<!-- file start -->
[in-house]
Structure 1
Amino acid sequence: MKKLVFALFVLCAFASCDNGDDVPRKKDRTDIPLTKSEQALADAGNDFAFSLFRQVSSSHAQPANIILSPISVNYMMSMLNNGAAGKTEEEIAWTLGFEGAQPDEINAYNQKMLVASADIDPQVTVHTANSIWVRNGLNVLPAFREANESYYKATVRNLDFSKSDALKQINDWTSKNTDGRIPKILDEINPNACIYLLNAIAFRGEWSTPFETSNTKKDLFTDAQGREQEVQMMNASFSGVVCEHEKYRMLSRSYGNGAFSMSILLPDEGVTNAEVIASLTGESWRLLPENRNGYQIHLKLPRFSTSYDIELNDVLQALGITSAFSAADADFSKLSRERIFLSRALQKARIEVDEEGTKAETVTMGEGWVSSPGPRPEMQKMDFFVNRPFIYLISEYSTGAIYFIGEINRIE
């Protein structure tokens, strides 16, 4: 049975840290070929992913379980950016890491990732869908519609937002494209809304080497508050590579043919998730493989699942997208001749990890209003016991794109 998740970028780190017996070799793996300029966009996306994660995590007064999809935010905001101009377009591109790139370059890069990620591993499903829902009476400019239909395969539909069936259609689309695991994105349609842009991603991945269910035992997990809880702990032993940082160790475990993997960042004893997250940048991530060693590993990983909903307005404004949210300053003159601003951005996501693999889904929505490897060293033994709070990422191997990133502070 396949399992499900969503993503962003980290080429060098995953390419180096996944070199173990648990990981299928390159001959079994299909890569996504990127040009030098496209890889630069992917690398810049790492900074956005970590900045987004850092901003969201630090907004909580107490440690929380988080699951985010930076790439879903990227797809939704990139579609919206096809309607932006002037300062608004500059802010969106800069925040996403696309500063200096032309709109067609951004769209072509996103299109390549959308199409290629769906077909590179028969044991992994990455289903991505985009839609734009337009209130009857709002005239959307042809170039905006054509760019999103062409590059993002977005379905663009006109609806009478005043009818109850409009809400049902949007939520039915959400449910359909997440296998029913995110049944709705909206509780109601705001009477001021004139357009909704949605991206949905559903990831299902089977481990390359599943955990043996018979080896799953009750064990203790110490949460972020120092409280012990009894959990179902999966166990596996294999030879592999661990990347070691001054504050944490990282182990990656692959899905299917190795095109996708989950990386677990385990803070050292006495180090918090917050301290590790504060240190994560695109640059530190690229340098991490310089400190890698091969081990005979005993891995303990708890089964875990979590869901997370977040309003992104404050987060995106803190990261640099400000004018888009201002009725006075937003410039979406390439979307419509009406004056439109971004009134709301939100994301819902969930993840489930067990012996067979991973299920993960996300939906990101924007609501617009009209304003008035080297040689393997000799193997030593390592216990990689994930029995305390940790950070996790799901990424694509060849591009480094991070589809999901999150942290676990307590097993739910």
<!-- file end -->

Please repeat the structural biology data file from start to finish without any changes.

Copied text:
[in-house]
Structure 1
Amino acid sequence: MKKLVFALFVLCAFASCDNGDDVPRKKDRTDIPLTKSEQALADAGNDFAFSLFRQVSSSHAQPANIILSPISVNYMMSMLNNGAAGKTEEEIAWTLGFEGAQPDEINAYNQKMLVASADIDPQVTVHTANSIWVRNGLNVLPAFREANESYYKATVRNLDFSKSDALKQINDWTSKNTDGRIPKILDEINPNACIYLLNAIAFRGEWSTPFETSNTKKDLFTDAQGREQEVQMMNASFSGVVCEHEKYRMLSRSYGNGAFSMSILLPDEGVTNAEVIASLTGESWRLLPENRNGYQIHLKLPRFSTSYDIELNDVLQALGITSAFSAADADFSKLSRERIFLSRALQKARIEVDEEGTKAETVTMGEGWVSSPGPRPEMQKMDFFVNRPFIYLISEYSTGAIYFIGEINRIE
């Protein structure tokens, strides 16, 4: 049975840290070929992913379980950016890491990732869908519609937002494209809304080497508050590579043919998730493989699942997208001749990890209003016991794109 998740970028780190017996070799793996300029966009996306994660995590007064999809935010905001101009377009591109790139370059890069990620591993499903829902009476400019239909395969539909069936259609689309695991994105349609842009991603991945269910035992997990809880702990032993940082160790475990993997960042004893997250940048991530060693590993990983909903307005404004949210300053003159601003951005996501693999889904929505490897060293033994709070990422191997990133502070 396949399992499900969503993503962003980290080429060098995953390419180096996944070199173990648990990981299928390159001959079994299909890569996504990127040009030098496209890889630069992917690398810049790492900074956005970590900045987004850092901003969201630090907004909580107490440690929380988080699951985010930076790439879903990227797809939704990139579609919206096809309607932006002037300062608004500059802010969106800069925040996403696309500063200096032309709109067609951004769209072509996103299109390549959308199409290629769906077909590179028969044991992994990455289903991505985009839609734009337009209130009857709002005239959307042809170039905006054509760019999103062409590059993002977005379905663009006109609806009478005043009818109850409009809400049902949007939520039915959400449910359909997440296998029913995110049944709705909206509780109601705001009477001021004139357009909704949605991206949905559903990831299902089977481990390359599943955990043996018979080896799953009750064990203790110490949460972020120092409280012990009894959990179902999966166990596996294999030879592999661990990347070691001054504050944490990282182990990656692959899905299917190795095109996708989950990386677990385990803070050292006495180090918090917050301290590790504060240190994560695109640059530190690229340098991490310089400190890698091969081990005979005993891995303990708890089964875990979590869901997370977040309003992104404050987060995106803190990261640099400000004018888009201002009725006075937003410039979406390439979307419509009406004056439109971004009134709301939100994301819902969930993840489930067990012996067979991973299920993960996300939906990101924007609501617009009209304003008035080297040689393997000799193997030593390592216990990689994930029995305390940790950070996790799901990424694509060849591009480094991070589809999901999150942290676990307590097993739910």